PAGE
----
This is the News in Brief from the United Nations.
Domestic workers among hardest hit by COVID crisis, warns ILO
Domestic workers globally have been among the hardest hit by the COVID crisis, losing more jobs and working hours than other sectors, the UN labour agency ILO said on Tuesday.
ILO Director-General Guy Ryder insisted that despite “real progress” in labour laws and social security provision in some countries in the last decade, these “essential service providers” had rarely been so vulnerable in many others.
New ILO data shows the number of domestic workers in the second quarter of 2020 fell 25 to 50 per cent in most Latin American and Caribbean countries – and by 70 per cent in Peru – compared with pre-pandemic levels.
Countries need to take action, because eight in 10 domestic workers are informally employed and therefore lack legal and welfare protection, the ILO chief said:
“Many domestic workers are migrant workers, so their status inside the country can be called into question if they lose their jobs (and) many domestic workers live in with their employees, so they could lose their lodgings where they live, if they lose their jobs as well. So, behind the aggregated numbers there is a sort of deeper human impact which accentuates even more the suffering involved in the latent economic impact of the COVID pandemic.”
‘Digital dumpsites’ study highlights growing threat to children: UN health agency
The health of children, adolescents and expectant mothers worldwide is at risk from the illegal processing of old electrical or electronic devices, the World Health Organization (WHO) said on Tuesday.
Launching the UN agency’s first report on the problem, WHO Director-General Tedros Adhanom Ghebreyesus warned that the health threat was growing, in line with the “mounting ‘tsunami of e-waste’”.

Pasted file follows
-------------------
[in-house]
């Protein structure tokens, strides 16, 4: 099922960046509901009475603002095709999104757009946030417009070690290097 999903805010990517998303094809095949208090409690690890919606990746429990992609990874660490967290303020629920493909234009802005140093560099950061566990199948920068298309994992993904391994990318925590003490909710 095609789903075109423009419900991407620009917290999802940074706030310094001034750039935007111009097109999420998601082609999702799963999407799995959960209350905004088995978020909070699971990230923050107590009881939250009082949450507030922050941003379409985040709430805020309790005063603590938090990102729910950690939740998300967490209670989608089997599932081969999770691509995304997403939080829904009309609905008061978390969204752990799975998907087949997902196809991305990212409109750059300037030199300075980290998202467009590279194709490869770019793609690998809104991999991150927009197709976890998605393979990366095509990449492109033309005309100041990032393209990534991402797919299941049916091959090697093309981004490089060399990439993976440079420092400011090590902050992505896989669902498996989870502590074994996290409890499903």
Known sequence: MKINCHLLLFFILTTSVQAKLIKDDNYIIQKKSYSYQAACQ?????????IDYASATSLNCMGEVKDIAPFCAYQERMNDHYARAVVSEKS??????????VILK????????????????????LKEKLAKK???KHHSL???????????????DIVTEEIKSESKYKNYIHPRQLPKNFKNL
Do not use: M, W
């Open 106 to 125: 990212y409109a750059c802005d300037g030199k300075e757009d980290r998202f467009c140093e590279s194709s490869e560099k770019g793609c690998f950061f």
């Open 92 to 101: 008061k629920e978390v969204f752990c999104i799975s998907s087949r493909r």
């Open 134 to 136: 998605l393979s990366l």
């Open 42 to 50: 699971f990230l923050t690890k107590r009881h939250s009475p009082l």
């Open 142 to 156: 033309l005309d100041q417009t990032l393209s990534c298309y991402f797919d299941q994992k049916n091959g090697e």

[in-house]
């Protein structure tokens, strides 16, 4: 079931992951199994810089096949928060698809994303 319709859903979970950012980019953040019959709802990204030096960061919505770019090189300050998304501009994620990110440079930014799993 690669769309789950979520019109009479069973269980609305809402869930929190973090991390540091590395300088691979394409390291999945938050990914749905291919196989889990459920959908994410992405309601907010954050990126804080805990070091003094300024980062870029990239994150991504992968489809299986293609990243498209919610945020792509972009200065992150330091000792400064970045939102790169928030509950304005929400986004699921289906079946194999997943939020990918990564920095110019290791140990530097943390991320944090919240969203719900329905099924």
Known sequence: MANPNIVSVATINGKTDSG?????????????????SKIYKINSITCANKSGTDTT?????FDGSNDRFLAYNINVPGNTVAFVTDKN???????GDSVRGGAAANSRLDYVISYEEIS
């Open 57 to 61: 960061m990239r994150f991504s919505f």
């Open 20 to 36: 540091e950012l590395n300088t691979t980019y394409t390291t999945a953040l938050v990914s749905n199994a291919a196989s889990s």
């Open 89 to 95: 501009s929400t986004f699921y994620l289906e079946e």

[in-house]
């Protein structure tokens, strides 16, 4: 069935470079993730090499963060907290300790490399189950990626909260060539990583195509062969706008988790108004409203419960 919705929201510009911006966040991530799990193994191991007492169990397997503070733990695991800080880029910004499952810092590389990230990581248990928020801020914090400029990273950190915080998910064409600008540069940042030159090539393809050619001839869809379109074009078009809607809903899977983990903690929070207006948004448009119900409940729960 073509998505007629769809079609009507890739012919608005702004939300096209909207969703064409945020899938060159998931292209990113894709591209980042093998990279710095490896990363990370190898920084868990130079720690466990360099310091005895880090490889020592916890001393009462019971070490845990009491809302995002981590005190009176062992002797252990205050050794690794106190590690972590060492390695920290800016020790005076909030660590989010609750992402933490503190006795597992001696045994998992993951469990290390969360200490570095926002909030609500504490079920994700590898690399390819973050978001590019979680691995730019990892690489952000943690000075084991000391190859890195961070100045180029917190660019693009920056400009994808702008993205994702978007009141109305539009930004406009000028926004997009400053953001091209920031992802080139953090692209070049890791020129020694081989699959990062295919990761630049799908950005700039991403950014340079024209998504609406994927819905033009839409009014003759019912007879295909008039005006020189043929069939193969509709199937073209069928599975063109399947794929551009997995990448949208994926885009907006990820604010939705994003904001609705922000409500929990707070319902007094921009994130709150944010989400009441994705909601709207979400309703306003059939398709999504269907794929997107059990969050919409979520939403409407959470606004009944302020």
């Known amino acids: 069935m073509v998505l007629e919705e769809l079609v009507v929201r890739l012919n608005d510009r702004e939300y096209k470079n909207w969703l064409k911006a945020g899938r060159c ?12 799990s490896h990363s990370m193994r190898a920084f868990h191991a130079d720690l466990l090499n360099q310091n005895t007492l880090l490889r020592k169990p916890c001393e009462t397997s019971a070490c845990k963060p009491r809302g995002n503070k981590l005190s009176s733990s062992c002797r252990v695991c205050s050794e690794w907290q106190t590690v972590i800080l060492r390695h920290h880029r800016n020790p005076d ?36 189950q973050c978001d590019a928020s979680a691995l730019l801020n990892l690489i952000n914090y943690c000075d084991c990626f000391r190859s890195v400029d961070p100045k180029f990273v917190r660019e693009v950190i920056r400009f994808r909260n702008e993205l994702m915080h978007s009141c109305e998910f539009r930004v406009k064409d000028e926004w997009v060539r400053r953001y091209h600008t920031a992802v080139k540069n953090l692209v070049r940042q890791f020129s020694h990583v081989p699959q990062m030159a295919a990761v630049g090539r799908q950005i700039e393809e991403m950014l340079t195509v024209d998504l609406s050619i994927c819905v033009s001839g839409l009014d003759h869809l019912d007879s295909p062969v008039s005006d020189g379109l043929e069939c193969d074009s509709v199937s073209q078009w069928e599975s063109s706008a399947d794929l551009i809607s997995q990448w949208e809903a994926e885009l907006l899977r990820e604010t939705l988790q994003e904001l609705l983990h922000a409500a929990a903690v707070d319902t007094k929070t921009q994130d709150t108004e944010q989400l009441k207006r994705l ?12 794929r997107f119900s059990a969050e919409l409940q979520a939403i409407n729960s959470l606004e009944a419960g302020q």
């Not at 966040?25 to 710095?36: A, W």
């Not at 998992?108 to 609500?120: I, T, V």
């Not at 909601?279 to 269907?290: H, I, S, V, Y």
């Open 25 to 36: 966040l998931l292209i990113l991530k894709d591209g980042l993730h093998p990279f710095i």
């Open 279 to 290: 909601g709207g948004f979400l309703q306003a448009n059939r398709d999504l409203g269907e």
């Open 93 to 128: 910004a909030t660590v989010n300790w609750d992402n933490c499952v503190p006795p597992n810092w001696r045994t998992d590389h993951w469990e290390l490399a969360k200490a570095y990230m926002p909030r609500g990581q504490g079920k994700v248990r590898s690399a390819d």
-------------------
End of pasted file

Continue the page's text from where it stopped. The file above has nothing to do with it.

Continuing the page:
An estimated 12.9 million women work in the informal waste sector - potentially exposing themselves and their unborn children to toxic e-waste.
Globally, more than 18 million youngsters – and some as young as five - are said to be “actively engaged” in the wider industrial sector, of which e-waste processing is a small part.
WHO said that children are particularly vulnerable to the toxic chemicals they are looking to retrieve from disused appliances, because they absorb more pollutants relative to their size and they are less able than adults to eradicate harmful substances because their organs are not fully developed.
UN calls for immediate access to 33,000 children in inaccessible Tigray
Finally, to Tigray in Ethiopia, where at least 33,000 children in hard-to-reach parts of the province are severely malnourished and face imminent death without immediate help, UN Children’s Fund UNICEF said on Tuesday.
The appeal for access follows months of fighting between government troops and forces loyal to the Tigray People’s Liberation Front.
The situation has led to mobile health and nutrition teams being turned away from front lines, leaving an unknown number in dire need of assistance.
UNICEF spokesperson James Elder told journalists in Geneva that the biggest needs from this man-made catastrophe were water and child protection.
“We’ve had conversations on access, which needs to be unfettered. We’ve been told many times that there are no Eritrean forces on the ground; we’ve seen that based on uniforms and language of armed groups, (it’s) simply not the case….but our access is grossly inadequate to reach those children, and fortunately it’s good enough to on the one hand to truck water to a million people, and on the other hand, to know what is not being done for those kids most in need.”
Humanitarians need access to 21 districts to carry out upcoming measles, polio, vitamin A and nutrition campaigns across all areas of the Tigray region.
Mr. Elder also warned that food insecurity is expected to worsen over the coming months if crops are not planted soon.
Daniel Johnson, UN News.